As reported by Censor.NET citing Radio Free Europe/Radio Liberty, Judge William Blair ruled in a March 29 pretrial hearing that the case could not go forward to trial because of Ukraine's failure to present a "justiciable" defense.
Ukraine immediately asked for a stay of the decision pending an appeal. A stay was granted until the end of April.
Ukraine's defense in the case was based on four points: that the debt was incurred under duress; that the terms of loan were unfair; that the Ukrainian government at that time lacked the capacity to enter into the agreement; and that nonpayment was a justifiable countermeasure to Russia's 2014 annexation of the Ukrainian region of Crimea and Moscow's interference in Ukraine's economic and political situation.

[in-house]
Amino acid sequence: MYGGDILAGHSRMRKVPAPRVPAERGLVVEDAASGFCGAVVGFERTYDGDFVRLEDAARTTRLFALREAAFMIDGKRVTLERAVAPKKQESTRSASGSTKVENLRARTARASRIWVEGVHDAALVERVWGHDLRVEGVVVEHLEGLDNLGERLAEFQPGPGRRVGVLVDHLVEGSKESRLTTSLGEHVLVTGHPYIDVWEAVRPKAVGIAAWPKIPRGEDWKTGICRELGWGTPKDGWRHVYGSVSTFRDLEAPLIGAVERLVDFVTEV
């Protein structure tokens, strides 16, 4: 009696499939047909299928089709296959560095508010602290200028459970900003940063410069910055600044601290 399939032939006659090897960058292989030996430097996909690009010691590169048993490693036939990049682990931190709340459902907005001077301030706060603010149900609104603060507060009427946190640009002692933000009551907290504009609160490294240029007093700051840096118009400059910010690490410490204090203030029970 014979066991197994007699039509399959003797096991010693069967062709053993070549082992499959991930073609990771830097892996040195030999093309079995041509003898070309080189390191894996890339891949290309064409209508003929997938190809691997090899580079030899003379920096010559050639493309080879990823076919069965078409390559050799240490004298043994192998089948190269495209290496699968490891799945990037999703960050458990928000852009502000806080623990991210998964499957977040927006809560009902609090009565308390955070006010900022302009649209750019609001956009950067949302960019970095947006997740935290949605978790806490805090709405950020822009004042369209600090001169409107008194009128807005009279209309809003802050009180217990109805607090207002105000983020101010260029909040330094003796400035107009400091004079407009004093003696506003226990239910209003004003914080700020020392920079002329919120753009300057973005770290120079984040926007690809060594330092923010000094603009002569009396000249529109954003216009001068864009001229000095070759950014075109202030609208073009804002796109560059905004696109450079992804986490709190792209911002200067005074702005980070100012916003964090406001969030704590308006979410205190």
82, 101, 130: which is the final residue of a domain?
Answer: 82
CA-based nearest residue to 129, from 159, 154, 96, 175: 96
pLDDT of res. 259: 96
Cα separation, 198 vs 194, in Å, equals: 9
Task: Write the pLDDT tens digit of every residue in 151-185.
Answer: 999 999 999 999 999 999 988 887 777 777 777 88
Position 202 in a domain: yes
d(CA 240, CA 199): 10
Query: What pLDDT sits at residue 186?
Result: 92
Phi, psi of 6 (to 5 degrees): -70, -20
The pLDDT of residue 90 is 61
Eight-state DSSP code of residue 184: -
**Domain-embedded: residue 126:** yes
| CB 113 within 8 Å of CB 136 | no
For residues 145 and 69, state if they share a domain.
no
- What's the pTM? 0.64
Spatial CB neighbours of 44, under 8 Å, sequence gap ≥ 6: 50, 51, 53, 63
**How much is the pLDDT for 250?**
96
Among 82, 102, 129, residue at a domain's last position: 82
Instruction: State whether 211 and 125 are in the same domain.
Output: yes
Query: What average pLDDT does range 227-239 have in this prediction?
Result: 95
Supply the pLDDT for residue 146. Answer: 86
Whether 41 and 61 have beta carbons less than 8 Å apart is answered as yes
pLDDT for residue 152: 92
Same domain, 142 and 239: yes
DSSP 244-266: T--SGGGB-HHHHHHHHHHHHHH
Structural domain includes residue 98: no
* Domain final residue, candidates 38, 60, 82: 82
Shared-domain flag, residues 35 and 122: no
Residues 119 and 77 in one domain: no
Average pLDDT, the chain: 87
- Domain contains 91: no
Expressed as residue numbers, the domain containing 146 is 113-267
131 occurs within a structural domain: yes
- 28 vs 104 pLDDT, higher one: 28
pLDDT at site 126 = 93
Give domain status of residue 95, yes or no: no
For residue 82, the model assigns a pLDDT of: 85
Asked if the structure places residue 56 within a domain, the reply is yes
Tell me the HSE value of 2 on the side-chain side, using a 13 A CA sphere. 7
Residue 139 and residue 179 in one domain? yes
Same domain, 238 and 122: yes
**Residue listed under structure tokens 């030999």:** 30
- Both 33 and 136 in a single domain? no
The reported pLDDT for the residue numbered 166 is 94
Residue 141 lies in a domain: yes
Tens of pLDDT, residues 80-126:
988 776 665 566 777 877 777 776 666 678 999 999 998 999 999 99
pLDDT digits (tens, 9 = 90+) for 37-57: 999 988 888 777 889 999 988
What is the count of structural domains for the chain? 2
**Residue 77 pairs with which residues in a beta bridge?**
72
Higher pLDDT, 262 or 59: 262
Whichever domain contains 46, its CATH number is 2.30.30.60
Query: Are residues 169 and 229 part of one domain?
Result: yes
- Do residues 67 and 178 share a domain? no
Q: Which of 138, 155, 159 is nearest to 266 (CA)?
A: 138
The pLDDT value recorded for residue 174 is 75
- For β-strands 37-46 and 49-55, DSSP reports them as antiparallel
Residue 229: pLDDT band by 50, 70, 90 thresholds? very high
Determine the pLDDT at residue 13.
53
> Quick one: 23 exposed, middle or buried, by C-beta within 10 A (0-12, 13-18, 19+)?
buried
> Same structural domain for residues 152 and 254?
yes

The judge ruled that the duress and countermeasure arguments were potentially compelling but that they were a matter of international law beyond the London court's jurisdiction.
Yanukovych contracted the debt when his government faced massive protests over his decision to suspend the signing of an Association Agreement with the European Union. He was forced out of power in February 2014 and fled to Russia.
Authorities in Kyiv say much of the money was lost to corruption on the part of Yanukovych and officials in his government.